Dr. James Wilson

Postdoctoral Fellow

Seit Mai 2022 Akademischer Mitarbeiter am Lehrstuhl von Prof. Dr. Daniel G. König und Mitglied des Zukunftskollegs.

Zukunftskolleg, Raum Y 226
Universität Konstanz
Universitätsstraße 10
D-78464 Konstanz


Akademischer Werdegang

siehe Curriculum Vitae


- Islamische Perspektiven auf die Kreuzzüge im Nahen Osten
- Arabische Historiographie des Mittelalters
- Orientalismus und die europäische Arabisch-Übersetzungsbewegung des 19. Jahrhundert


Tracing the roots of modern Crusader Orientalism

Medieval Arabic chronicles constitute a key source base for Crusader studies. Despite this, many historians remain reliant upon 19th century translations of several vital Arabic literary sources. If colonialist or orientalist attitudes can be detected in these materials, then it is important for those who still rely on these texts to understand this. On the other hand, an absence of any clear evidence could counteract some of the harsher critiques of early European orientalist scholarship, and its impact upon our understanding of the historical roots of Christian-Muslim relations

I have three main lines of enquiry: I) Investigating the colonialist entanglements, or lack thereof, of the figures involved in the editorial process. II) Examining the processes of European manuscript collection and text selection, scrutinising why certain texts, or sections of texts, were included or omitted. III) Assessing editorial decision making and linguistic choices, through comparison of the translations with the original manuscripts.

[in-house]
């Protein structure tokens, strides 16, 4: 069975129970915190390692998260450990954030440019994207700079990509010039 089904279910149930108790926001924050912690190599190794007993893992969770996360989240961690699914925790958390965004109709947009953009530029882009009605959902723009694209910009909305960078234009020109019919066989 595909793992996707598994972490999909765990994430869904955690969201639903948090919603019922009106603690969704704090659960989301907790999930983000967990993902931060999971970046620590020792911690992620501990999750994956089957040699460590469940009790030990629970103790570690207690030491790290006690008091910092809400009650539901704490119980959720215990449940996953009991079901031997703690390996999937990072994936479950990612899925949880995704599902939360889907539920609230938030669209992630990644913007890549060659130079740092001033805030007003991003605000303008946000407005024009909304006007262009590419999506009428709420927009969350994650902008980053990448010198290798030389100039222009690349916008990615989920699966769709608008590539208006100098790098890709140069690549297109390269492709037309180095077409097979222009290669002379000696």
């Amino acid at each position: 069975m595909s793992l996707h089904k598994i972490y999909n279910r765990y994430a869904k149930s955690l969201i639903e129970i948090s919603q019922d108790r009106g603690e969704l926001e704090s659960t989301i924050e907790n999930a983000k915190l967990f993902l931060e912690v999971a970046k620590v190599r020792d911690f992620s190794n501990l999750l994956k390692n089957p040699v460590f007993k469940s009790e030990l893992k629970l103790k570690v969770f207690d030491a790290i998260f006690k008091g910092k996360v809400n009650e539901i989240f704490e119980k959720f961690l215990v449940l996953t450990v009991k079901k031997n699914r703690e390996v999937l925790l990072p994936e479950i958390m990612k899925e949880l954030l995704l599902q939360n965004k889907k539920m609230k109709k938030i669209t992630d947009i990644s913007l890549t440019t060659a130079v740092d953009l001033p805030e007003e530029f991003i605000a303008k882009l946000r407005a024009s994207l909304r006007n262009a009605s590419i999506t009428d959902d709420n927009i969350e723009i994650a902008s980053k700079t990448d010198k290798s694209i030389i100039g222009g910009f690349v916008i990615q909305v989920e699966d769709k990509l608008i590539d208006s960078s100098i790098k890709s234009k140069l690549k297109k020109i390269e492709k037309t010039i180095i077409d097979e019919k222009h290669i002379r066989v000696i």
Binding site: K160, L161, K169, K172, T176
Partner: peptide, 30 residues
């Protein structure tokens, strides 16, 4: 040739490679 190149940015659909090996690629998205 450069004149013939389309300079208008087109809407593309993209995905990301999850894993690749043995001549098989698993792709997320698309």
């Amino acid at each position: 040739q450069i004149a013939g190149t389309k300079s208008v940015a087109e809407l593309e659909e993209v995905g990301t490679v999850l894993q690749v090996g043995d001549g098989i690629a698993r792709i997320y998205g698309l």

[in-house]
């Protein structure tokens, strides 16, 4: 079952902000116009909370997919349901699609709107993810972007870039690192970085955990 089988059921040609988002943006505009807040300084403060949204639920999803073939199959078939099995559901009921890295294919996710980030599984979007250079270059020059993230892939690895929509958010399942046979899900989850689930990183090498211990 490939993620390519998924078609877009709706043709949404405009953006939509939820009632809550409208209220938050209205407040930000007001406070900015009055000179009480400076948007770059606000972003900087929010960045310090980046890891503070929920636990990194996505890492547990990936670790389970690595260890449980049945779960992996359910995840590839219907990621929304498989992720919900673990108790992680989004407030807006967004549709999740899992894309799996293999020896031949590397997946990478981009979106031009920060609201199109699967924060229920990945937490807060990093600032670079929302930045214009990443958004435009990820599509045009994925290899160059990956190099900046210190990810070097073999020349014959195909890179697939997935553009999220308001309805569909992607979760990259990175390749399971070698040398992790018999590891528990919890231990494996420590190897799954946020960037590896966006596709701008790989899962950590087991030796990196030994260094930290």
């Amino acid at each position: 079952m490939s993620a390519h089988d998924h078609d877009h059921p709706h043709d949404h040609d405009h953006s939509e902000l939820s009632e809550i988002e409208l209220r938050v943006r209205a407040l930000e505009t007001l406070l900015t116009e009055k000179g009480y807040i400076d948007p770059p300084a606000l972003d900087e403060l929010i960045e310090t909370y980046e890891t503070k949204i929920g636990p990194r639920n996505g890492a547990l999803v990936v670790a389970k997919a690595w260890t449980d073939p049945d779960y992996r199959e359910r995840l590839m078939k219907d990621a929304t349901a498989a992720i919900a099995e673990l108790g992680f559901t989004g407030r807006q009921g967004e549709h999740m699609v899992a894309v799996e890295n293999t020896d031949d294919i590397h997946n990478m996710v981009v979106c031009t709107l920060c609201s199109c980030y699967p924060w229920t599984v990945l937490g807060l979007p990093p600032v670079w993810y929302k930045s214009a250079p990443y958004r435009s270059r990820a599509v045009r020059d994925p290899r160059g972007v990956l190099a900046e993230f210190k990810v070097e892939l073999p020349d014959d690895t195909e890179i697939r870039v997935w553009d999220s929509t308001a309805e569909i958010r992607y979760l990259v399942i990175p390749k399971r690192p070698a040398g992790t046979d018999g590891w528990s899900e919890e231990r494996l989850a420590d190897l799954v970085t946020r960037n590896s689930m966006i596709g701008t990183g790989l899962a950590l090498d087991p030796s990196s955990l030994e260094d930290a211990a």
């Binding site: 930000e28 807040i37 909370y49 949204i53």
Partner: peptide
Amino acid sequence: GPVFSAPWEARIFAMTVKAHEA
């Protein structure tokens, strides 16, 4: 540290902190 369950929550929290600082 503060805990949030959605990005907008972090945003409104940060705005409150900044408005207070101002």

Focus will be placed on one specific text, Ibn al-ʿAdim’s (d. 1262) Zubda al-halab min taʾrikh halab (the cream of the milk of the history of Aleppo). This is because when the 19th century scholars worked on this text, they had access to the best, most complete surviving manuscript. Additionally, five separate translations of the Zubda were completed by five different translators between 1819-1898. This makes it an excellent case-study for the study of the 19th century European-Arabic translation movement.

Ultimately, this project seeks to reverse-engineer the traditional methodology of Crusade historiography. Rather than relying on these translated materials, it questions whether colonialist or orientalist sentiments influenced their compilation, whilst simultaneously acknowledging the epistemological benefits of this colonial-era curation of medieval Arabic text.



Wilson, James, Medieval Syria and the Onset of the Crusades: the political world of bilad al-sham 1050-1128 (Edinburgh: Edinburgh University Press, im Druck für Juni 2023). Link: https://edinburghuniversitypress.com/book-medieval-syria-and-the-onset-of-the-crusades.html

Aufsätze und Artikel

Wilson, James, “The “ʿasākir al-Shām”: Medieval Arabic historiography of the Siege, Capture and Battle of Antioch during the First Crusade 490-491/1097-1098”, Al-Masāq, 33:3 (2021): 300-36. DOI: https://doi.org/10.1080/09503110.2020.1845521.

Wilson, James, “The ransom of high-ranking captives, tributary relationships and the practice of diplomacy in northern Syria 442-522/1050-1128”, Journal of the Royal Asiatic Society, 32:3 (2022): 635-669. DOI: https://doi.org/10.1017/S135618632100064X.